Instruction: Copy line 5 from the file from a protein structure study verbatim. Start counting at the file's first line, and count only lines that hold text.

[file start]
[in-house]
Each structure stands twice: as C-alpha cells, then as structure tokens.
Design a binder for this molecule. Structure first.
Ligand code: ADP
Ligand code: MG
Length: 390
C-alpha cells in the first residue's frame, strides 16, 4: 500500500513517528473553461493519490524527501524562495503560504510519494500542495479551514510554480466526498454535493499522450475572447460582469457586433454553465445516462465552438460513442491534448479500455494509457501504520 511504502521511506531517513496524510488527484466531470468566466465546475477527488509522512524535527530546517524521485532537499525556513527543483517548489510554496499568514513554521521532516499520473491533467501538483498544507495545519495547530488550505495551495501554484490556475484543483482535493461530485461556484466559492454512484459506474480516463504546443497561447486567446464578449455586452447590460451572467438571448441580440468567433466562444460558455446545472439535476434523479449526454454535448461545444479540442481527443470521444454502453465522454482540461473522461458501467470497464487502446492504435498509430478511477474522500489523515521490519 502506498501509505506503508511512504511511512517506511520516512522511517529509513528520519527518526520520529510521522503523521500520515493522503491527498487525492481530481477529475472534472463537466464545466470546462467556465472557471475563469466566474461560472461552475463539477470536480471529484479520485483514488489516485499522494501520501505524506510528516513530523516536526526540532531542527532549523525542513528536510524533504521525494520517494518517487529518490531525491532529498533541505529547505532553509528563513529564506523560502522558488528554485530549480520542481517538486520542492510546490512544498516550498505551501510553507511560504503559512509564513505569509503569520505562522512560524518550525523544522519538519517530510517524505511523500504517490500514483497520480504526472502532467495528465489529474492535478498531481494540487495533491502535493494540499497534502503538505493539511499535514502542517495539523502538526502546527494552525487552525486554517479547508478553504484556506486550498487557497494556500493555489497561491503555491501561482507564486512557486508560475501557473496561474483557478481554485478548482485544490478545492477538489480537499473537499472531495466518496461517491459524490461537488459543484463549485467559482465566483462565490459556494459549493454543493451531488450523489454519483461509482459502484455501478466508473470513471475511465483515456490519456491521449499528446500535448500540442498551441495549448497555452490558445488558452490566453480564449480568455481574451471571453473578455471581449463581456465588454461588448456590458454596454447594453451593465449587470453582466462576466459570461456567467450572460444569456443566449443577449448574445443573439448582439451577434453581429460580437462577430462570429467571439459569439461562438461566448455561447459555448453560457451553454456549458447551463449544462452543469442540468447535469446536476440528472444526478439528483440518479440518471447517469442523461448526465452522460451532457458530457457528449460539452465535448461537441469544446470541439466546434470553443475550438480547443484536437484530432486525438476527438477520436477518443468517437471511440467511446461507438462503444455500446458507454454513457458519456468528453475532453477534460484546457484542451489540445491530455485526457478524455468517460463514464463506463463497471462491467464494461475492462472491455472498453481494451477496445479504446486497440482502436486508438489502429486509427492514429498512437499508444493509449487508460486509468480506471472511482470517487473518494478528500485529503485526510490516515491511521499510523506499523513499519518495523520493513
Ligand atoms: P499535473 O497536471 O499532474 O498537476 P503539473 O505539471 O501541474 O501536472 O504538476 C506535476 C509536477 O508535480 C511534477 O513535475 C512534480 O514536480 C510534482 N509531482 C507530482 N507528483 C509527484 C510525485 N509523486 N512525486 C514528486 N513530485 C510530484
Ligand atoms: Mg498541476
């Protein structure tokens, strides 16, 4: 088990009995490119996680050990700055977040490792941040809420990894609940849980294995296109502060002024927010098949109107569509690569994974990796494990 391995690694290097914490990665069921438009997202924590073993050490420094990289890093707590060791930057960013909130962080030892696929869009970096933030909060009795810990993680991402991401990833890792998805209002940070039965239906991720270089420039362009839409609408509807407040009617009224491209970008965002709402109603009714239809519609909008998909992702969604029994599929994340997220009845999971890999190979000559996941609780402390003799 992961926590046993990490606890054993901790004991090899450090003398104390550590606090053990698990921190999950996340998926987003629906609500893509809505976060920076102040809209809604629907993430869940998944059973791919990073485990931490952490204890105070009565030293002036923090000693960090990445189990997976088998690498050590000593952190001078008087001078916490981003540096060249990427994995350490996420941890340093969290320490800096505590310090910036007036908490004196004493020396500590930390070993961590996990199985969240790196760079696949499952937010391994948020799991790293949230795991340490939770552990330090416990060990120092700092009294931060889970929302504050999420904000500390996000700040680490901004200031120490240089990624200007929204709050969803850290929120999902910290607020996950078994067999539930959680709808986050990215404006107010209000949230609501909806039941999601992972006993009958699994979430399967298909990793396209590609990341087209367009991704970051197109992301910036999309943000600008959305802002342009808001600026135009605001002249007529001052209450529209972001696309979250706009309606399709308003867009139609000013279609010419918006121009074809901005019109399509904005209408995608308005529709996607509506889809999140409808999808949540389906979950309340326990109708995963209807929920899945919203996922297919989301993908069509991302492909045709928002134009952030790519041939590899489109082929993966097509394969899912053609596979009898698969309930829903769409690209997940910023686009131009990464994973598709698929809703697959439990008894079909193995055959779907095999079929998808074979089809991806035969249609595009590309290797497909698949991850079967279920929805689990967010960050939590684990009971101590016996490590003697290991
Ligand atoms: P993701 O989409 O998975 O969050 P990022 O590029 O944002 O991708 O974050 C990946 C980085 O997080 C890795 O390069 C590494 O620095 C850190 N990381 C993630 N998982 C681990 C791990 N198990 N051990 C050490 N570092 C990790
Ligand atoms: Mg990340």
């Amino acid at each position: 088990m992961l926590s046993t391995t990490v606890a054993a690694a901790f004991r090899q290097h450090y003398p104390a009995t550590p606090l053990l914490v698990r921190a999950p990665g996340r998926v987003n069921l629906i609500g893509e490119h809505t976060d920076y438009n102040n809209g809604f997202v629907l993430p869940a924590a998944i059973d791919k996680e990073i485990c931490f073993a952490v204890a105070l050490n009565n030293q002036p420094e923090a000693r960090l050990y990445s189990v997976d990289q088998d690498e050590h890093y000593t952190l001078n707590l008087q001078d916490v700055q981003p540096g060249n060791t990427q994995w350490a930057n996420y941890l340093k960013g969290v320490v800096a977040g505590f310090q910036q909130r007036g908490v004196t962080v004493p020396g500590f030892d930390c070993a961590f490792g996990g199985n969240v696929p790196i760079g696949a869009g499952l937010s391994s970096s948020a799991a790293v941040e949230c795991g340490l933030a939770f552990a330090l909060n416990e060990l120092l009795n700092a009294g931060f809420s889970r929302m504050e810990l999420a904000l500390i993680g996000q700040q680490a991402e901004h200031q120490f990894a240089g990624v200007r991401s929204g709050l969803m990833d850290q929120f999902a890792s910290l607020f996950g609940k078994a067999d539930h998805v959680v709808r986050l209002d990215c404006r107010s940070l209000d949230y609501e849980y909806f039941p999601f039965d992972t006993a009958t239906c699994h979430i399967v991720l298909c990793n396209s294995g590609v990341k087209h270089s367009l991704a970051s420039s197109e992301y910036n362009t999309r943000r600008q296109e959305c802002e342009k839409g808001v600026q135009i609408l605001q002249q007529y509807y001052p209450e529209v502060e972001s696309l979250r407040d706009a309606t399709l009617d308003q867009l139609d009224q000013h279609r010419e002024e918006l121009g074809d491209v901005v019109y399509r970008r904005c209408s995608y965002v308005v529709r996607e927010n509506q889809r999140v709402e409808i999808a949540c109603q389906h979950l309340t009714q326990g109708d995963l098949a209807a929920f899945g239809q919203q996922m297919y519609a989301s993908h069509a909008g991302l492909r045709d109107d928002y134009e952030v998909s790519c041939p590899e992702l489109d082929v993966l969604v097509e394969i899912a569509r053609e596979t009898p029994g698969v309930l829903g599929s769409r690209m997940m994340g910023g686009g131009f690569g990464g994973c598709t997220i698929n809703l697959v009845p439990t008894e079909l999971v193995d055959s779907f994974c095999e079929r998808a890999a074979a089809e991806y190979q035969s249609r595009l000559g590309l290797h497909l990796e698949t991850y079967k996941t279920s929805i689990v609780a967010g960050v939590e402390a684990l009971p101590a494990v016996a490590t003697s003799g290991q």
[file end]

Ligand code: MG